Plaintiffs introduced the deposition testimony of two physicians and one rehabilitation expert and rested their case. Defendant then moved for a directed verdict, based in part upon the Illinois Supreme Court case decided just one month before the jury trial of this cause, Sidwell v. Griggsville Community Unit School District No. 4 (1992), 146 Ill. 2d 467, 588 N.E.2d 1185, 167 Ill. Dec. 1055. The trial court denied the motion.

After plaintiffs rested, defendant called Tommy Hayes to testify. Tommy was a junior on the basketball team the year Donnell was hurt. Tommy and Donnell were close friends, "just like brothers." Tommy did not remember Donnell or any other player asking Coach Emery for eye goggles in the 1985-1986 basketball season. Tommy also did not remember Donnell wearing any eye goggles or Coach Emery telling any of the players not to wear eye goggles at any time before the February 4, 1986, accident. Although he saw Donnell numerous times immediately after the accident and through the years, Donnell never said anything to him about Coach Emery telling him not to wear eye goggles.

Jim Woodward was also a basketball coach for defendant during the 1985-1986 basketball season. He testified that none of the players requested eye-protection equipment in his presence that season. He did not know of any high school that provided eye-protection equipment for basketball players, but, occasionally, he had seen individual players from some of the teams wearing eye goggles. He recalled the February 4, 1986, incident but did not recall Donnell ever wearing eye goggles during any Practice session.

Coach Lee Emery testified again that he did not recall Donnell wearing eye goggles at any practice session, and he did not recall telling Donnell not to wear eye goggles. He could not recall ever having a player request to wear eye goggles, but he would permit a player to wear them if the player feared an eye injury. At defense counsel's request, Coach Emery tried on a pair of eye goggles that were exactly like the goggles Donnell wore in January 1986. Coach Emery testified that he did not like the goggles because they did not fit properly, they restricted his peripheral vision, and he had a "blind spot" in his field of vision when wearing them. In Coach Emery's opinion, peripheral vision is very important in basketball. He also felt that the wearing of goggles would be more unsafe than not wearing them. After the accident, he saw Donnell several times, but Donnellnever indicated that he was upset because the coach had prohibited him from wearing the goggles.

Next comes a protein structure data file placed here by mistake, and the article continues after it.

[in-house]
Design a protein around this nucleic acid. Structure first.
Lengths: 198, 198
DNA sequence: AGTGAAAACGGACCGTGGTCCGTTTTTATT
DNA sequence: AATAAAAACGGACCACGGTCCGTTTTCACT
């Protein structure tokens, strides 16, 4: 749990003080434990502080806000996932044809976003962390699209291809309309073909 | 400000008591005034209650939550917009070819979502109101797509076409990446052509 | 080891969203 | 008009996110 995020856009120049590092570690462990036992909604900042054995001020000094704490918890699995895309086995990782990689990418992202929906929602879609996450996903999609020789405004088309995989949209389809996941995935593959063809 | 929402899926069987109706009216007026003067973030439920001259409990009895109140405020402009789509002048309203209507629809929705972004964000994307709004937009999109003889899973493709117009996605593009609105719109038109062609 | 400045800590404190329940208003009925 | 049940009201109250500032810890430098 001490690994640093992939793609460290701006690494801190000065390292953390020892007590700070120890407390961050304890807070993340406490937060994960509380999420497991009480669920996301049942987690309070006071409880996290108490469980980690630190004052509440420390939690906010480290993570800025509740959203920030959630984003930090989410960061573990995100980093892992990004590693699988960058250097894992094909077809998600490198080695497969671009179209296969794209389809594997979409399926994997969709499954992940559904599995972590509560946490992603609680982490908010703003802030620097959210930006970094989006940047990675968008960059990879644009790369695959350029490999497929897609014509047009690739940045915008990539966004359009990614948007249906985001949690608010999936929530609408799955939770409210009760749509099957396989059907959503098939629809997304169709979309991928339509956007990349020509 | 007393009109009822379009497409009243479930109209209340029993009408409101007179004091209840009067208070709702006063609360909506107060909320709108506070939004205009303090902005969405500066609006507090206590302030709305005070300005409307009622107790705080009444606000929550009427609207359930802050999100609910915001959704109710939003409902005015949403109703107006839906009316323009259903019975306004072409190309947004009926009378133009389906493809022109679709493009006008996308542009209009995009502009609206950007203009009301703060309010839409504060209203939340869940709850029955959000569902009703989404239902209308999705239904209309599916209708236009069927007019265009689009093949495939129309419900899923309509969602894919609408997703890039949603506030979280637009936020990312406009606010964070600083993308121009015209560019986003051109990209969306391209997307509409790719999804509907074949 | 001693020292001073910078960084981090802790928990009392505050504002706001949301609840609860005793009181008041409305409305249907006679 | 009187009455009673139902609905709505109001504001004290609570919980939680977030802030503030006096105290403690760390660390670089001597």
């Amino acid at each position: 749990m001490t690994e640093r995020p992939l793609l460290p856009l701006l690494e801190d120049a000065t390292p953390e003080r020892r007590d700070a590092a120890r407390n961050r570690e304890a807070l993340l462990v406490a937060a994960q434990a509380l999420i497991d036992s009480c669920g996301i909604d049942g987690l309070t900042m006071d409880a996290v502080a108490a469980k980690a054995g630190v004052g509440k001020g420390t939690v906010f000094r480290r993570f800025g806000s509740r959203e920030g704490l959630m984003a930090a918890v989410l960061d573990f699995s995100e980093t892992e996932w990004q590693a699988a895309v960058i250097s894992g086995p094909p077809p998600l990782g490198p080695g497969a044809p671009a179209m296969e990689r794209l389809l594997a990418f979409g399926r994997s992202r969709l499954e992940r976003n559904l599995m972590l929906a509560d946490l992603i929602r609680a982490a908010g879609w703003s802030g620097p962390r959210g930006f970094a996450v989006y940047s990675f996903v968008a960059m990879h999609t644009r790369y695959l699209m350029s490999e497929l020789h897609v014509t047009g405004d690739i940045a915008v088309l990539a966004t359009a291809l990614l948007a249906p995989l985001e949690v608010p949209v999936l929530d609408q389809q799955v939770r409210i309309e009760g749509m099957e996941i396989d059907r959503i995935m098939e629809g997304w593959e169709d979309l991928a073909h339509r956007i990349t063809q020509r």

On cross-examination by plaintiffs' attorney, Coach Emery was shown a picture in the 1988 Mt. Vernon Township High School yearbook of a freshman basketball player wearing eye goggles, to impeach his earlier testimony that he had never had a player request eye goggles. On redirect examination, Coach Emery stated that he had never prohibited Donnell Palmer from wearing eye goggles.

Defendant rested its case, and Donnell was recalled as a rebuttal witness. Donnell testified that he did not tell anyone about the incident in which the coach told him not to wear the eye goggles, stating that "there was no reason why really," and that his attorney told him not to talk to anyone about the case. Donnell did not remember when he first talked to an attorney regarding this case.

At the close of the evidence, defendant renewed its motion for a directed verdict and again cited the Sidwell case ( Sidwell, 146 Ill. 2d 467, 588 N.E.2d 1185, 167 Ill. Dec. 1055), arguing that as to plaintiffs' second and third allegations of negligence against defendant (failure to warn and failure to allow Donnell to use equipment to prevent serious injury), plaintiffs were required to prove wilful and wanton misconduct by defendant in order to recover, but that plaintiffs had not presented evidence to that effect. The trial court again denied defendant's motion for directed verdict.


Plaintiffs' first assignment of error on appeal is that the trial court committed reversible error when it refused to give the jury two instructions tendered by plaintiffs. Neither instruction is contained in Illinois Pattern Jury Instructions, Civil (3d ed. 1992) (hereinafter IPI Civil 3d). The trial court refused both instructions for the reason that no case in Illinois specifically set forth the rule of ...